Once you’ve decided that your organization is ready for BI and that you’ve identified your KPIs according to the requirements set out in an earlier post, it’s time to get down to the implementation business. The following are best practices in the application of the BI infrastructure. Refer to Figure below if you need to refresh your memory for the BI process.
Take an Iterative Implementation Approach
The iterative approach is ideally suited to implementing the BI infrastructure. BI projects that take six months or more to develop as a whole are highly likely to fail. Incremental implementation of the operating portions of the BI infrastructure over shorter periods of time helps. This ensures that the project remains on schedule while creating momentum and offering a faster return on investment.
Utilize a Data Warehouse/Data Mart
Users should not build their self-service content directly from transactional data stores. Instead, a data warehouse or a collection of data marts could be built to store a copy of the transaction data. This means that a business consumer is unable to stop the line-of-business systems by a poorly performing query.
Transactional data copying may also be restructured from a format optimized for transactional processing to a format optimized for analytical processing. This helps ensure the efficient operation of a self-service analytics environment. In addition, data from several line-of-business systems can be pooled to allow analysis across the entire organization.
Cleanse and Validate During Data Gathering
Data should be cleaned and checked as much as possible as is collected in the data warehouse or data marts. It shall contain the following tasks:
- Validating against lists of known entities such as streets, cities, states, ZIP codes, gender, and so on.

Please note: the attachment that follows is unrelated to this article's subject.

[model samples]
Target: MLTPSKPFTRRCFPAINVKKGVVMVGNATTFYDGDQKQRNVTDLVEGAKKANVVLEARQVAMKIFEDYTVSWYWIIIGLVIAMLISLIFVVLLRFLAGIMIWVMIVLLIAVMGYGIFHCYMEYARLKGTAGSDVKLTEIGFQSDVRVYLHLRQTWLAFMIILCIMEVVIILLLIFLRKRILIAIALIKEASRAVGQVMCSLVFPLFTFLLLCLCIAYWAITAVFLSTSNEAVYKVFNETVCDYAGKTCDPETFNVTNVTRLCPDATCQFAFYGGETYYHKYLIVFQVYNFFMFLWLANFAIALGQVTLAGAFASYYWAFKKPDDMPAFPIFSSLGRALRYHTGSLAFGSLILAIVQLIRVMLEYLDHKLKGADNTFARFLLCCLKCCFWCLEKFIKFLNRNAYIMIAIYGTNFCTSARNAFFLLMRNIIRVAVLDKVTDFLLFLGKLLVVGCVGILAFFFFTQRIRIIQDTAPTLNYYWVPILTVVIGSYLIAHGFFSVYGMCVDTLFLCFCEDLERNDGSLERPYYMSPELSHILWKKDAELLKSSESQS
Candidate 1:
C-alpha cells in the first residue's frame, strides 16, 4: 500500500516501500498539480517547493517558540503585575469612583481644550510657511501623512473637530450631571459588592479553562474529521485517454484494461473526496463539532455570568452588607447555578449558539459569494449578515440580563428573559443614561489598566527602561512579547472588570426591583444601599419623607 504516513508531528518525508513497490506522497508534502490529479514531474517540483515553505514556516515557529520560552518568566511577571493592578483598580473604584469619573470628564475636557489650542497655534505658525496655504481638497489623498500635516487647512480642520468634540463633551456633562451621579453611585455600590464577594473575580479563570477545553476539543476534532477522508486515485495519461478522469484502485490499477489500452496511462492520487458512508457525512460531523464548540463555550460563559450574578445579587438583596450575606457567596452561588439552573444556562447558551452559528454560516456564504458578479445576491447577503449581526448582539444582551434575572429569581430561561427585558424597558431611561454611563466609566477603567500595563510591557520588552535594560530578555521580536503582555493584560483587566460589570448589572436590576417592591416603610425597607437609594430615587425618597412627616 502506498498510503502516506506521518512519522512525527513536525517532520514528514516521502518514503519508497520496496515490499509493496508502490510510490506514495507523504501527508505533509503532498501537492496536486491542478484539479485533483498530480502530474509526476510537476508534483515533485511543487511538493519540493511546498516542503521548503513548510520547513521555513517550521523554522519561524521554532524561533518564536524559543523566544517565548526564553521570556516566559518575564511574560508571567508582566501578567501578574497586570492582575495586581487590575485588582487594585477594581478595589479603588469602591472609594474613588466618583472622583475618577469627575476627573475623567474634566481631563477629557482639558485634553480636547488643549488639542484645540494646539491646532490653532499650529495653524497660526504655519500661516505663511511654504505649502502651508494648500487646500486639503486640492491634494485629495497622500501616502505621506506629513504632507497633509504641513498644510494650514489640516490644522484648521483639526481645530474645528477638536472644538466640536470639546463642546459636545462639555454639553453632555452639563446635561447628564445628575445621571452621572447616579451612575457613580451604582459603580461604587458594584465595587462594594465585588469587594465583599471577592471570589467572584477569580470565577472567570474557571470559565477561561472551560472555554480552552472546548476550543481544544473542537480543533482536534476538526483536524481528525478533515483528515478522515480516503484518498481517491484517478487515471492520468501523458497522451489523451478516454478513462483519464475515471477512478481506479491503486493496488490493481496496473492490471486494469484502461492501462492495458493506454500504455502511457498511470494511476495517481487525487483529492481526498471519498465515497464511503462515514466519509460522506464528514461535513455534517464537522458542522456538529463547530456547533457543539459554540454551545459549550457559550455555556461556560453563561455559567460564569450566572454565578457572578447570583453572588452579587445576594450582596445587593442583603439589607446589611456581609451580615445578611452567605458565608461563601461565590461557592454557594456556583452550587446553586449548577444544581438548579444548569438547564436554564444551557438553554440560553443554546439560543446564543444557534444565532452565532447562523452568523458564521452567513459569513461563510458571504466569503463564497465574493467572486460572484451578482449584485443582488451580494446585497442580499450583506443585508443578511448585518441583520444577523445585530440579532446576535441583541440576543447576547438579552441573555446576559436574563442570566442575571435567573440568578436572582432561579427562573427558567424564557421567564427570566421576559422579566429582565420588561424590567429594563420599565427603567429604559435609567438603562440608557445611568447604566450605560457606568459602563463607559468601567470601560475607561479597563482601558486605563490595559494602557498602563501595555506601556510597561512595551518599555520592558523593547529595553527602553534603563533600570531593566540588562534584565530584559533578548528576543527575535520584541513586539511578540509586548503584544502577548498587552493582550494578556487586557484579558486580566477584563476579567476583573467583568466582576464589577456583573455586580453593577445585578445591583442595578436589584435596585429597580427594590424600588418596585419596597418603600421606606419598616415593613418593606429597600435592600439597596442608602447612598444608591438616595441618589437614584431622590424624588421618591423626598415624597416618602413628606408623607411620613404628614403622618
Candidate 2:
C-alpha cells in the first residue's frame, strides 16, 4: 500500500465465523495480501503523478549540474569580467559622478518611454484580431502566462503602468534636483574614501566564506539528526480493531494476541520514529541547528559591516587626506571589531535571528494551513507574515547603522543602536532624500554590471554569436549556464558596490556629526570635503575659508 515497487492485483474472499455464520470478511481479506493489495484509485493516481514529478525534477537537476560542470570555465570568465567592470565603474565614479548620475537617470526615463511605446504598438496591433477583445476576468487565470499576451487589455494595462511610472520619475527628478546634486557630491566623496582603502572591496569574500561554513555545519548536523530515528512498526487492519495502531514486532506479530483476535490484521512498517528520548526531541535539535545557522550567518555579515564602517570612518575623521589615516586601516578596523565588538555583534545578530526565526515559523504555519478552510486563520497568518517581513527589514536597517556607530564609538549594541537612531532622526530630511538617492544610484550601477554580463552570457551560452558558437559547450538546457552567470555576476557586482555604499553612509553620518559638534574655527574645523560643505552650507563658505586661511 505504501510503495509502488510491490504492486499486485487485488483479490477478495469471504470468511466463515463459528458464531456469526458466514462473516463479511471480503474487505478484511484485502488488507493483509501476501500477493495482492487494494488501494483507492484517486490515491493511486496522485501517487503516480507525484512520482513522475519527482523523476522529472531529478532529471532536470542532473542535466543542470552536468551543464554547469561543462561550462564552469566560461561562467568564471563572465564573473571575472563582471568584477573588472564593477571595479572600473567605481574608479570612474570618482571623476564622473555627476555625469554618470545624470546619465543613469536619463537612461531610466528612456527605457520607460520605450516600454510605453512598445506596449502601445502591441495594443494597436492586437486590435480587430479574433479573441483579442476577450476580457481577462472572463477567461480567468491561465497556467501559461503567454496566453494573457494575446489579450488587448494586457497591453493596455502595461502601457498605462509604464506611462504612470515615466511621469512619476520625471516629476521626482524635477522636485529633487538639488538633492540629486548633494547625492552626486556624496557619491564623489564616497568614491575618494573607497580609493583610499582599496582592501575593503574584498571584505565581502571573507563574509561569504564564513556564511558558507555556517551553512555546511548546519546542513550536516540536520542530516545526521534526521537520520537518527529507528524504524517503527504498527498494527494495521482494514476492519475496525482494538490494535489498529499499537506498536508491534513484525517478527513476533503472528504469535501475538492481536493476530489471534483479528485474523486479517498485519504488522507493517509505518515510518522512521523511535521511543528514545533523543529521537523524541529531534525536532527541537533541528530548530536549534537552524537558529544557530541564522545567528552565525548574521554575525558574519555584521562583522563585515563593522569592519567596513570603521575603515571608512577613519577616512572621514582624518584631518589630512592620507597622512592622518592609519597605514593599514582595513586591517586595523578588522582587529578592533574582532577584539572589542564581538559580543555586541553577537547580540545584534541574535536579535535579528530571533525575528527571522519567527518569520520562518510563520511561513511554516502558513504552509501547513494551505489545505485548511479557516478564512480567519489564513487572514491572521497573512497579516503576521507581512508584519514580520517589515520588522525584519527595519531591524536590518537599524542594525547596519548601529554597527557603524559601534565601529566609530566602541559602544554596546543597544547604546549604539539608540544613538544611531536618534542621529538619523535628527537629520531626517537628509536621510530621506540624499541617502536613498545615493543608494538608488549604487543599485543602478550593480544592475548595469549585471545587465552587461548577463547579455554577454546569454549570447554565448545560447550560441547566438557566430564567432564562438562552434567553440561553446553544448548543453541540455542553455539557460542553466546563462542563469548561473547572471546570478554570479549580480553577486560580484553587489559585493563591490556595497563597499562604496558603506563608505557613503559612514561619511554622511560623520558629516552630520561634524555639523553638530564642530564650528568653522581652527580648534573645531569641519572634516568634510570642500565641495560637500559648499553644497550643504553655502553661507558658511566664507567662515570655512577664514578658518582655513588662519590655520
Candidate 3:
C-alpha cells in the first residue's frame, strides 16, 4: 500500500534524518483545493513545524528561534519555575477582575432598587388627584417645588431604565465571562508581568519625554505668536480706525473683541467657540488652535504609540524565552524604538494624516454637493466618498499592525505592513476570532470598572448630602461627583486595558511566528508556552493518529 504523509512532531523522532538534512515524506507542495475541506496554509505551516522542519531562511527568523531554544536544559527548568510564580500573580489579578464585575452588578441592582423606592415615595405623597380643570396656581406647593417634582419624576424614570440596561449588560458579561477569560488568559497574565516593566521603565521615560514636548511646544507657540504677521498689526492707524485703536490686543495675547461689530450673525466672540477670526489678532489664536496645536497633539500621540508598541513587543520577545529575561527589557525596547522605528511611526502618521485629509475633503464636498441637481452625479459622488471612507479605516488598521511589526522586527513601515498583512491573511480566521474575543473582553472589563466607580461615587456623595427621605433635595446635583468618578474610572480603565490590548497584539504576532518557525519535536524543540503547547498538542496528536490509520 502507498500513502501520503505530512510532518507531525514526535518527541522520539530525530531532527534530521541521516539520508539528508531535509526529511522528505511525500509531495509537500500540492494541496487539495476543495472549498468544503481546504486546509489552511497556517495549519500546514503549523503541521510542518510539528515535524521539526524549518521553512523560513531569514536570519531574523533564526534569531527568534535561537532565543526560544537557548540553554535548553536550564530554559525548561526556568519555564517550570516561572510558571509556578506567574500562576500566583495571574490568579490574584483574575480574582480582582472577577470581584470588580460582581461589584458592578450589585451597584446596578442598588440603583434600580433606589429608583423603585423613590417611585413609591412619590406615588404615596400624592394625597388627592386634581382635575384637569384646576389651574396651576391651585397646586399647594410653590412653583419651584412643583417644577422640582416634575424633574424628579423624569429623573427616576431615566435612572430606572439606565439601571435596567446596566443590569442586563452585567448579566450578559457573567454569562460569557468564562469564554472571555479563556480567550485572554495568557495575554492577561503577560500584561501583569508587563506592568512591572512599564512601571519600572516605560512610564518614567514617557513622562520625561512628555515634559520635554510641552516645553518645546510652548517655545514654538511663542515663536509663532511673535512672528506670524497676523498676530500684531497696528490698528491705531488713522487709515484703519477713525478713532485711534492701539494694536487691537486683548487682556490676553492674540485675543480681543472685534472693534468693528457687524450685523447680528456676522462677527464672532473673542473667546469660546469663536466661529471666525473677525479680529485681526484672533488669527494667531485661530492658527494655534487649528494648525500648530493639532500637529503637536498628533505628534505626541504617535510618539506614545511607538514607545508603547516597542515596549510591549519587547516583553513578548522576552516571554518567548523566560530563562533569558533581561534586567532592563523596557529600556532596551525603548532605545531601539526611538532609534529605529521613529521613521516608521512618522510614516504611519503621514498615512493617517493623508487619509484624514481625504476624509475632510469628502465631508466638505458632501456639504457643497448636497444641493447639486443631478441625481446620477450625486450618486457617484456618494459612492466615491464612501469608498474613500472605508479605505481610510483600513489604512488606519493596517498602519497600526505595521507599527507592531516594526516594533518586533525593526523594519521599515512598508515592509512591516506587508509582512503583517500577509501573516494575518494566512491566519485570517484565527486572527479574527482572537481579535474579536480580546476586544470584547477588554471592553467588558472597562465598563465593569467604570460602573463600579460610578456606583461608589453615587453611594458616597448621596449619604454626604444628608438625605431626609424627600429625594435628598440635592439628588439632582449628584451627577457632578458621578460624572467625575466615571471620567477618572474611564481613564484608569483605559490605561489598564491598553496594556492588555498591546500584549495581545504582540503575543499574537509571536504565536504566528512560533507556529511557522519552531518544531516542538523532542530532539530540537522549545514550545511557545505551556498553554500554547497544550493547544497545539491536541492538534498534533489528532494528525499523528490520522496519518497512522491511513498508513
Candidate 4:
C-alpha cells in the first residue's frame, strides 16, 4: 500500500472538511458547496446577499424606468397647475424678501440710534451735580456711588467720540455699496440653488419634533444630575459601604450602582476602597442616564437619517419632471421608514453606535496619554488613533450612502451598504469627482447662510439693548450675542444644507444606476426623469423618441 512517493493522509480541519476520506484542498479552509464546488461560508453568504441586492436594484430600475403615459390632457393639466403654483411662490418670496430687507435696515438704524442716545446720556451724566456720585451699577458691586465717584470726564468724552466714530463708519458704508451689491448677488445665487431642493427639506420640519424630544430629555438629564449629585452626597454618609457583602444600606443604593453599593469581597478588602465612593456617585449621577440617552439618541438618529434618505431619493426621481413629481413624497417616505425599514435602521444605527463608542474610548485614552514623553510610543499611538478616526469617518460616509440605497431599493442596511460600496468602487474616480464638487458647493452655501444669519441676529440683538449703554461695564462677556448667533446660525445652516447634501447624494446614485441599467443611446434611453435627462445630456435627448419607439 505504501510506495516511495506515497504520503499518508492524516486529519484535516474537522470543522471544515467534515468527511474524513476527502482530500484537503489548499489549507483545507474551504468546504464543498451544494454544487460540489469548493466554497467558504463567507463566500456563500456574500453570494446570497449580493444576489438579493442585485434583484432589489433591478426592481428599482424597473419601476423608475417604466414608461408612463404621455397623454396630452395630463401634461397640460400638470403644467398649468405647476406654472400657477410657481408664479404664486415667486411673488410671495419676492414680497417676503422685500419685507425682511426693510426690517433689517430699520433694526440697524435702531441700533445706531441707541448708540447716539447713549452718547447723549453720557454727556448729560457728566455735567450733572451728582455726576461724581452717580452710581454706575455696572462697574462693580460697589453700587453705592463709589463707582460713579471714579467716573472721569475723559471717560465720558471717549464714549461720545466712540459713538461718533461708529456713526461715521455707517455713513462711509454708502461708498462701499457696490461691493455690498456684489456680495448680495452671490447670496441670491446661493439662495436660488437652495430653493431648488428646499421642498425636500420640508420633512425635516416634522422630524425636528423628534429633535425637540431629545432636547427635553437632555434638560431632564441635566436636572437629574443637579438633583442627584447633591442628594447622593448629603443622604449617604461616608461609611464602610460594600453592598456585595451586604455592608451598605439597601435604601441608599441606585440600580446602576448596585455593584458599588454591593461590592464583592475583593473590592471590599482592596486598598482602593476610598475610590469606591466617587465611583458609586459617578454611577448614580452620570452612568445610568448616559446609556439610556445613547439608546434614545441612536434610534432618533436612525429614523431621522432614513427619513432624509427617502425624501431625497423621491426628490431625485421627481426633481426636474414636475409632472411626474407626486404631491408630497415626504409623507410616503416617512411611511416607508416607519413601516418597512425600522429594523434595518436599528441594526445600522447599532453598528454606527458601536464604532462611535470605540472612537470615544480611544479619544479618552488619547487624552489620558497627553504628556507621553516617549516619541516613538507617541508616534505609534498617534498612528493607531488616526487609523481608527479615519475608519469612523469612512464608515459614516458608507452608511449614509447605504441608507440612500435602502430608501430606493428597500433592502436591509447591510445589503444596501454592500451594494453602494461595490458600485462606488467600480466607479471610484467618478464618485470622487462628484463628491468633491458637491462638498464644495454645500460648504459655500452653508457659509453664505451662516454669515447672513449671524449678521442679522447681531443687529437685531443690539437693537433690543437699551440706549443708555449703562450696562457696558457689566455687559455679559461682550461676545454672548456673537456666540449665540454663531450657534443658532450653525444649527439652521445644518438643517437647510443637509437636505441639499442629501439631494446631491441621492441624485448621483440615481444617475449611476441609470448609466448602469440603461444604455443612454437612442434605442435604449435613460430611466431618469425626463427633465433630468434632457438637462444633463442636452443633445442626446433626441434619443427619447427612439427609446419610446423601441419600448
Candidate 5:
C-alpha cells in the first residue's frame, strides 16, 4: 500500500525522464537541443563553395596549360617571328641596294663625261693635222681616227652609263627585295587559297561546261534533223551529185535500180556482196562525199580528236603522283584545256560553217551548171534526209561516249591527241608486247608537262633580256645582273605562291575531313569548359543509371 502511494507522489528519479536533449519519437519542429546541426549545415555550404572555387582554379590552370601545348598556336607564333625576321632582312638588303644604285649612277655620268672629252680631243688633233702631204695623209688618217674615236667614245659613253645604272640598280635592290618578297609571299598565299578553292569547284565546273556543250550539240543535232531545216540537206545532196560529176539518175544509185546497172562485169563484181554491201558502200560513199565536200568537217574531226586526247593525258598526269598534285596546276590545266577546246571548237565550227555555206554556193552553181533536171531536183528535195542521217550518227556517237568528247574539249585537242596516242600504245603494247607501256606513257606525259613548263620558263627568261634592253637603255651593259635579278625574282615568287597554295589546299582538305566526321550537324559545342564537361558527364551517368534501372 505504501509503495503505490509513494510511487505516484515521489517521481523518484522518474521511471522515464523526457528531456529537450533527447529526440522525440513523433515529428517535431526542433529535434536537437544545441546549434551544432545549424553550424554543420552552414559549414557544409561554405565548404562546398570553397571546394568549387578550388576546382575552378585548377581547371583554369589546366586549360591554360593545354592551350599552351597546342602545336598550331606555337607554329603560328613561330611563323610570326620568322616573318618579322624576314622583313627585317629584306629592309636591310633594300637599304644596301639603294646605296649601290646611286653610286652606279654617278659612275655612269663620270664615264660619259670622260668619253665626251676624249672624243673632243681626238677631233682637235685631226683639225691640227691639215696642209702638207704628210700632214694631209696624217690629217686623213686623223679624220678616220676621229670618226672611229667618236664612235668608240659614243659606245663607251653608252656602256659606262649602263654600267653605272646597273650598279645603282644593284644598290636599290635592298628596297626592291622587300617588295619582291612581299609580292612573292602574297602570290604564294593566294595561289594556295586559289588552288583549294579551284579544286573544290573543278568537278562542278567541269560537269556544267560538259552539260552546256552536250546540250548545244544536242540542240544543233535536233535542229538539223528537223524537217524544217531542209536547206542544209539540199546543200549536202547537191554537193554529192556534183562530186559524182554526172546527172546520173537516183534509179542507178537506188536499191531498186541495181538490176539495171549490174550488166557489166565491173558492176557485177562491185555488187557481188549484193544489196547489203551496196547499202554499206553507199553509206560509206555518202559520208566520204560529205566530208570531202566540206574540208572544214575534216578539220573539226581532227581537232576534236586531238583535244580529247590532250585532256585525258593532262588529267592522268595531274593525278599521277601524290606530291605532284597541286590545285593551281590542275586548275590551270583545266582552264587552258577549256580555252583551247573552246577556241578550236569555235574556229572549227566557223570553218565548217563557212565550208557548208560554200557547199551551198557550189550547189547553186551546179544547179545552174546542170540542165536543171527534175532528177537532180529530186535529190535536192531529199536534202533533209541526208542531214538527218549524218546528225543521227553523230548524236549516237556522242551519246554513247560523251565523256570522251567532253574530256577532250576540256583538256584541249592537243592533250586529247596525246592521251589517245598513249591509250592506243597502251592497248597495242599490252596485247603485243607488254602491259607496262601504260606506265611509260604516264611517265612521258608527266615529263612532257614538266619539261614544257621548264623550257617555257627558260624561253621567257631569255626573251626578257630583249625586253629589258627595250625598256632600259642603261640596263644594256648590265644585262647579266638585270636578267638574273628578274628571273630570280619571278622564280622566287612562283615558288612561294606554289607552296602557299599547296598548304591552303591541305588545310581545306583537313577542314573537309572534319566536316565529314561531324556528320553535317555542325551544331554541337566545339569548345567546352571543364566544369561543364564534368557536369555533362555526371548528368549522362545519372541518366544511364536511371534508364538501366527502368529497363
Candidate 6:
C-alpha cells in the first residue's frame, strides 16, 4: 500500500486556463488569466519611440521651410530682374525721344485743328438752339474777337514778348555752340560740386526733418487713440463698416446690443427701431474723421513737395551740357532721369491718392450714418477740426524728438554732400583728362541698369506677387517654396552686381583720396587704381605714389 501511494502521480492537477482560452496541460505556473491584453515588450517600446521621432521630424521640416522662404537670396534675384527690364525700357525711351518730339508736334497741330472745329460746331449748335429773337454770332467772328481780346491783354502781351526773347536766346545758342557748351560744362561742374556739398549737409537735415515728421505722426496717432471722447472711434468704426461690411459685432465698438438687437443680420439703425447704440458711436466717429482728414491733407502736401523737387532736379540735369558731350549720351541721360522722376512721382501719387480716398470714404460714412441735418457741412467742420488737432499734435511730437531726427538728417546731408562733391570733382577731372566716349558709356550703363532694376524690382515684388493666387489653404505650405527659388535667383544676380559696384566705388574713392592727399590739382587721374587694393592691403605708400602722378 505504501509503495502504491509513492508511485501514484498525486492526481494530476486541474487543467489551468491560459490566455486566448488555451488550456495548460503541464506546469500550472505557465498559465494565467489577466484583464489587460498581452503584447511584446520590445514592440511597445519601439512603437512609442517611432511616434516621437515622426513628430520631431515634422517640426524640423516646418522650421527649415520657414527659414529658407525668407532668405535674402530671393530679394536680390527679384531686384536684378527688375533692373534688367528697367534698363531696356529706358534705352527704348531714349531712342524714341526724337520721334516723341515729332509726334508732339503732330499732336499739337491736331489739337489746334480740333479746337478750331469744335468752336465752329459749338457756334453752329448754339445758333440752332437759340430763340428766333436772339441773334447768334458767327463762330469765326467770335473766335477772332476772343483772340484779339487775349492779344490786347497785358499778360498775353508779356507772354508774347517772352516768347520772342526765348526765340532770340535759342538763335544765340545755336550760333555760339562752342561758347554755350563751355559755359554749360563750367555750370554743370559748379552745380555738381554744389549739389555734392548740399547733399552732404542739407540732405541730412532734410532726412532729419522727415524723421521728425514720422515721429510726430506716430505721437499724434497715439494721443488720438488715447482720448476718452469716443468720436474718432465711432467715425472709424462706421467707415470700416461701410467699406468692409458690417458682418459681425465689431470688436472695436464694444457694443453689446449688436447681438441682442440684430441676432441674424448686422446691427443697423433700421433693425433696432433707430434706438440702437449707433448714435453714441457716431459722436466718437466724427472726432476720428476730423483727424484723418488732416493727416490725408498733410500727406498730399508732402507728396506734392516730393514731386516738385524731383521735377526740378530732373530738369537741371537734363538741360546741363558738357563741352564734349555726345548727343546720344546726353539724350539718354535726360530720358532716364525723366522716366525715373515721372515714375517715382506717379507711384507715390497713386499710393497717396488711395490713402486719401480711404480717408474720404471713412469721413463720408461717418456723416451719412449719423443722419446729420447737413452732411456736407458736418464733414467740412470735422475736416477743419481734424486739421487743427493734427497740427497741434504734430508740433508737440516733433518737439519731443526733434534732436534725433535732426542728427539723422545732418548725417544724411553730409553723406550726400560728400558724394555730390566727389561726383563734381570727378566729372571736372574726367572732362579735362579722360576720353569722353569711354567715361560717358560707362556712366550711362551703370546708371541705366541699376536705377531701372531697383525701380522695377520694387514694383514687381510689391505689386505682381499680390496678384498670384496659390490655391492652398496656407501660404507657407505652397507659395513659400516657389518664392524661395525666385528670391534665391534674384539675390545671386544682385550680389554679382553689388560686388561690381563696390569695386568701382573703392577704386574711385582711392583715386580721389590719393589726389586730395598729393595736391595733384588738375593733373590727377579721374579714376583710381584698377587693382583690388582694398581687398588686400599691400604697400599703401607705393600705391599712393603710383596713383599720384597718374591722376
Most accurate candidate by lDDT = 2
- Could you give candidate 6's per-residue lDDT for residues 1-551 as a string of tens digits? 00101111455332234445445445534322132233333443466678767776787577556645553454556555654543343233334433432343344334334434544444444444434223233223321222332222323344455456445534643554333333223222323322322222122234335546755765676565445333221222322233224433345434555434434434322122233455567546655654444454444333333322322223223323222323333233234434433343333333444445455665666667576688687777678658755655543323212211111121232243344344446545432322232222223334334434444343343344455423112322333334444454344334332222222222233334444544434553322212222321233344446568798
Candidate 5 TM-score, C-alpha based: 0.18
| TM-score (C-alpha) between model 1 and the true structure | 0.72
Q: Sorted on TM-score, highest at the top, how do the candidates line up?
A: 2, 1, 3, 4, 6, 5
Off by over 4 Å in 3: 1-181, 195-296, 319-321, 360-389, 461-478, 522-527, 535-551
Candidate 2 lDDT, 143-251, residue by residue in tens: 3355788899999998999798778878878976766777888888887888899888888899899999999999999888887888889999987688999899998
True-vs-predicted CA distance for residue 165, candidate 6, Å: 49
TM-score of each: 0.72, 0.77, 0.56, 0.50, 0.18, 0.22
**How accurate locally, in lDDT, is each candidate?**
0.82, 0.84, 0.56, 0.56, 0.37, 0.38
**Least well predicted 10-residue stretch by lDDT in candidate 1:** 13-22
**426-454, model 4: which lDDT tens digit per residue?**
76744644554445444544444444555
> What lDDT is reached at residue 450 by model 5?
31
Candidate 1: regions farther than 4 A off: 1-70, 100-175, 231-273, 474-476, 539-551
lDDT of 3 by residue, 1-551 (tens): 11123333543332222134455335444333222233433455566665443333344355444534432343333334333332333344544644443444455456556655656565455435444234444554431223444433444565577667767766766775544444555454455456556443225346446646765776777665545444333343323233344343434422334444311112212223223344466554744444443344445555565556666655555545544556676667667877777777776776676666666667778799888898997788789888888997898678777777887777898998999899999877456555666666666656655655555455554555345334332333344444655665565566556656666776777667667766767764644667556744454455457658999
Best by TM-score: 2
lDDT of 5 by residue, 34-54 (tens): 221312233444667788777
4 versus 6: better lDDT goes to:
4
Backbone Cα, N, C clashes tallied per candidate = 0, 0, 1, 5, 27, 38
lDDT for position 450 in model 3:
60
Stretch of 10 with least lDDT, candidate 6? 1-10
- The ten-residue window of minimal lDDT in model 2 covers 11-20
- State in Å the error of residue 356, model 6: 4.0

- Make sure there are both sides of the relationship. For example, if sales are credited to a certain salesperson, make sure that the salesperson is present at the salesperson’s table in the warehouse.
- Testing data types and data lengths.
Any data that fails to verify the method should be treated in a graceful manner. It should be logged in an acceptable manner and probably saved to a separate location for manual cleaning and reloading. Notifications should be sent to the right people to let them know that a data validation problem has arisen.
Audits should be run to ensure the data loaded completely and accurately. This may include counting certain entities or totaling certain quantities
The source of each piece of information should be tracked through the extract, transform, and load (ETL)
Create User-Friendly Data Models
The databases are dynamic organisms. Technical aptitude and years of experience are required to navigate and retrieve data in these systems efficiently. Expecting the majority of business users to master the ins and outs of SELECT statements with INNER JOINs and GROUP BYs would lead to disgruntled users and inaccurate results.
A data model with a business user-friendly metadata layer needs to be set up. Full English space names should be used for all items exposed to business users.
In addition, the data model already knows how to make the proper connections inside the data and which connections will lead to ridiculous outcomes.
The data model will contain definitions for the KPI calculations agreed upon. Instead of re-creating these equations over and over in different reports and visualizations, a single description may be used in multiple reports. Finally, complex analysis, such as year-on-year growth or prorated percent of the target, may be predefined for ease of use.
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